Punch Cartoon Art - Cover Art - Skiing scene - Smilby (Francis Wilford-Smith) (1956) - Framed Picture - 11" x 14"
Francis Wilford-Smith was a British cartoonist, graphic artist, and producer and archivist of blues music. As a cartoonist, he used the pseudonym Smilby, a contraction of his surname with his wife's maiden name.
He joined the Merchant Navy, serving during the Second World War on convoys to Africa and across the Atlantic. During this time he also worked as an undercover courier and agent for US Naval Intelligence, intercepting telephone conversations and collecting and delivering material to US consular staff in the Belgian Congo and Persian Gulf.
In 1946, he began specialising in illustration and wood engraving. He then became an art teacher, and for a time worked as an animator with Halas and Batchelor.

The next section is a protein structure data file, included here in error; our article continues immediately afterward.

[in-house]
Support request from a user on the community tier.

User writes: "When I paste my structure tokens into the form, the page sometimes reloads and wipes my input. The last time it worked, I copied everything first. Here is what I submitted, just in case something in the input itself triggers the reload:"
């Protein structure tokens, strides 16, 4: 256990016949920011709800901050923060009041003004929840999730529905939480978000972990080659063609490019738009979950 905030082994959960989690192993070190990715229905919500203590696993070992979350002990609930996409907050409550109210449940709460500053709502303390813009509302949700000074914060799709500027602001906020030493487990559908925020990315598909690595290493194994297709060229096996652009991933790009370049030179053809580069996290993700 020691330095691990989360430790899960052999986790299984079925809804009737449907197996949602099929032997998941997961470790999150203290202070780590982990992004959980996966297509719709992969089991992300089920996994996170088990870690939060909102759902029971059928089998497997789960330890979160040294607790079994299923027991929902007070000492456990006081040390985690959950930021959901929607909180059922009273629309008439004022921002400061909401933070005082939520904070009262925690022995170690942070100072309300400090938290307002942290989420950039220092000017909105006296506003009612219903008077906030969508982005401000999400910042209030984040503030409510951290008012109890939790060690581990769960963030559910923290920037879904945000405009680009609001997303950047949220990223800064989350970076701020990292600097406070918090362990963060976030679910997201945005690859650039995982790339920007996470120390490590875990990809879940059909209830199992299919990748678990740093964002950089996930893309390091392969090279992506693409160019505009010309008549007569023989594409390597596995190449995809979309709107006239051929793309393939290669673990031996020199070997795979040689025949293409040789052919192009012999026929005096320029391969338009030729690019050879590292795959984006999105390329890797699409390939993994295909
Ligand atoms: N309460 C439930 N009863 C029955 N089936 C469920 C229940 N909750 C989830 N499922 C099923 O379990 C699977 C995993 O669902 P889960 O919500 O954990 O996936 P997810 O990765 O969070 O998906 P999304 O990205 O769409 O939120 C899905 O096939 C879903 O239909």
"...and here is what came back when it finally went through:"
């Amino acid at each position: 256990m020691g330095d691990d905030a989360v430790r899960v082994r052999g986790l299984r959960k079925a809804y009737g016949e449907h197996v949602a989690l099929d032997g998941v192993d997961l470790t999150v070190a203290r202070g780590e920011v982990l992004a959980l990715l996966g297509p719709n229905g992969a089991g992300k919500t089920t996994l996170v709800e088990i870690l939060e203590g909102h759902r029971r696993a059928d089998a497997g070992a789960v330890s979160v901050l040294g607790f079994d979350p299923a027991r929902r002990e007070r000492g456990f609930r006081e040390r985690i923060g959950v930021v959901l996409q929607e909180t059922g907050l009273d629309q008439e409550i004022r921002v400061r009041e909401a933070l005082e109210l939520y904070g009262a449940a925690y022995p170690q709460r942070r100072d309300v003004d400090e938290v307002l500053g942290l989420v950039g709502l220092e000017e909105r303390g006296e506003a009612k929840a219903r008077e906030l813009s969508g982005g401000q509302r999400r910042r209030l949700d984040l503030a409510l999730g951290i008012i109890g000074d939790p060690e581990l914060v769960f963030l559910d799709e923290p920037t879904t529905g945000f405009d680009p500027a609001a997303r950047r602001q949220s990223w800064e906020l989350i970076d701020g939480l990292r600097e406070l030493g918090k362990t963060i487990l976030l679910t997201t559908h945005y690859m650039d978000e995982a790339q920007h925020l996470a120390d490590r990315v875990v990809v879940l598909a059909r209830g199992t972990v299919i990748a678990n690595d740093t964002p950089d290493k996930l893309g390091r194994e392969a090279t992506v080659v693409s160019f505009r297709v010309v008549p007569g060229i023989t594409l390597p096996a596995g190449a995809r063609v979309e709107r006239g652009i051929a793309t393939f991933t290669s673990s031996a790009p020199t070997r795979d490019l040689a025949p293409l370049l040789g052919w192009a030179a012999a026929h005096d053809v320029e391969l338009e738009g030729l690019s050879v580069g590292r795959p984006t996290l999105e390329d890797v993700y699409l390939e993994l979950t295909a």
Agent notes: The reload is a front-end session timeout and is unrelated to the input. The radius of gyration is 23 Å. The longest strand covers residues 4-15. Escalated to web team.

By 1951, his cartoons had begun appearing in Punch and other magazines, and he became a full-time cartoonist, later working for the Daily Telegraph, Playboy, and many others. From the early 1960s, he also worked widely in Europe and the USA, publishing cartoons in various periodicals including The New Yorker, Esquire, and the Saturday Evening Post.
Working as "Smilby", he also designed many advertising campaigns for Guinness, ICI, Boots and others, and was a freelance consultant to advertising agencies.